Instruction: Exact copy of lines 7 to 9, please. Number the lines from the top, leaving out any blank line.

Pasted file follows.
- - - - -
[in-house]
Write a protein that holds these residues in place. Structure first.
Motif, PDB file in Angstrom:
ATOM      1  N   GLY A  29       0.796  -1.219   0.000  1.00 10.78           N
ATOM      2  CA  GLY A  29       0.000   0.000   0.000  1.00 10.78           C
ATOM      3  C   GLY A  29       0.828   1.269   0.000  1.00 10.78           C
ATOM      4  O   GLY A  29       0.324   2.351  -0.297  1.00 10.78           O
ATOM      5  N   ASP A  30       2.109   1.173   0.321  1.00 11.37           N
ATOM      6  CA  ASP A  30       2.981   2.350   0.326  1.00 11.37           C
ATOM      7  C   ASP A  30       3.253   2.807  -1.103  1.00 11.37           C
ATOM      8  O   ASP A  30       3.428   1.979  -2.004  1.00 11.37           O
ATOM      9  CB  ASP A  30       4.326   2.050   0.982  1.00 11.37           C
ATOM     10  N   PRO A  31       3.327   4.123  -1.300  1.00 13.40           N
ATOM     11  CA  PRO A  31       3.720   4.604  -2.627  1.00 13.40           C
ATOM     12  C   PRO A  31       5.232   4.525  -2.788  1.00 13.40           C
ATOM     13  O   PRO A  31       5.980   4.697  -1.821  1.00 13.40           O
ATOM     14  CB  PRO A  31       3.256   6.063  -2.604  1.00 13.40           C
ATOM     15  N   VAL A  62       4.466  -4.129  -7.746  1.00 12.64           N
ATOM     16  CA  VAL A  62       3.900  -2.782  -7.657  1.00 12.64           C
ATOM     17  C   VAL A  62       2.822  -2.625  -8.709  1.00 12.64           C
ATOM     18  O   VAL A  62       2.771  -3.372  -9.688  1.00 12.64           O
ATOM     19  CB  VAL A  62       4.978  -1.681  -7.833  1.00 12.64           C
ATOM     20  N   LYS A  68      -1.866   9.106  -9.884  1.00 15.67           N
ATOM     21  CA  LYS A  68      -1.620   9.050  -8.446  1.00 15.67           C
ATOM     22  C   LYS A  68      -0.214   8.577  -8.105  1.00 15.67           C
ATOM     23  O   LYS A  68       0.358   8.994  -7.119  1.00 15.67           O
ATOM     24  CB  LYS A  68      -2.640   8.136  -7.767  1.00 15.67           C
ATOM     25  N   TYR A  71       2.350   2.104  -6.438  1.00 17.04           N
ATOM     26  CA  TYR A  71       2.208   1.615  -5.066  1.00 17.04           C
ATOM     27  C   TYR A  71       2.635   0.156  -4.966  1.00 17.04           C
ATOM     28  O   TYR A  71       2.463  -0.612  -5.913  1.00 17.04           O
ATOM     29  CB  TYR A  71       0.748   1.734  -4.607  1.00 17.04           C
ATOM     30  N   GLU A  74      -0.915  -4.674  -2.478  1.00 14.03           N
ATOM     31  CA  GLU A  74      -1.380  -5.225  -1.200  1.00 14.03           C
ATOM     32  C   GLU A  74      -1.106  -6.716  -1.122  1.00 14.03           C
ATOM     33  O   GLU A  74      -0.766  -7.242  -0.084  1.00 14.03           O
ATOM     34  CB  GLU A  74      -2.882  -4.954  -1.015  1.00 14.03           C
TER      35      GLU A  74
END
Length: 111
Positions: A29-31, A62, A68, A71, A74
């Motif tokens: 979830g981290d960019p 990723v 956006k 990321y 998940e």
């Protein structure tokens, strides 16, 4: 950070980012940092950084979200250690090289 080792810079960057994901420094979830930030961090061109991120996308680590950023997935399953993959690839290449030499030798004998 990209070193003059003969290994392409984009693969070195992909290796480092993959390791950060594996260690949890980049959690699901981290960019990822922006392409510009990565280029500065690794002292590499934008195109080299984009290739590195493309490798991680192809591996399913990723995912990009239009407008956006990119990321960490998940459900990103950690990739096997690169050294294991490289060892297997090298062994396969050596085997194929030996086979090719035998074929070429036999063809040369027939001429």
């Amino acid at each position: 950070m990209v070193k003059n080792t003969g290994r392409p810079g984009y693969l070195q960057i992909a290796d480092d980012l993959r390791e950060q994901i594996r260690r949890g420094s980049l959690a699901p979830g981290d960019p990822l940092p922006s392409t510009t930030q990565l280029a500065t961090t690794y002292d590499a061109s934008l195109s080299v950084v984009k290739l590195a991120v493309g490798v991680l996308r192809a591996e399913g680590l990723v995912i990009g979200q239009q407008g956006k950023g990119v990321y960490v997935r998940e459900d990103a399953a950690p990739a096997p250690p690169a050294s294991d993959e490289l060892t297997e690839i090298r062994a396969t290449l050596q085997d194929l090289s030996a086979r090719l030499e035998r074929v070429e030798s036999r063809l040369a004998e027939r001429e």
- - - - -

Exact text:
ATOM      4  O   GLY A  29       0.324   2.351  -0.297  1.00 10.78           O
ATOM      5  N   ASP A  30       2.109   1.173   0.321  1.00 11.37           N
ATOM      6  CA  ASP A  30       2.981   2.350   0.326  1.00 11.37           C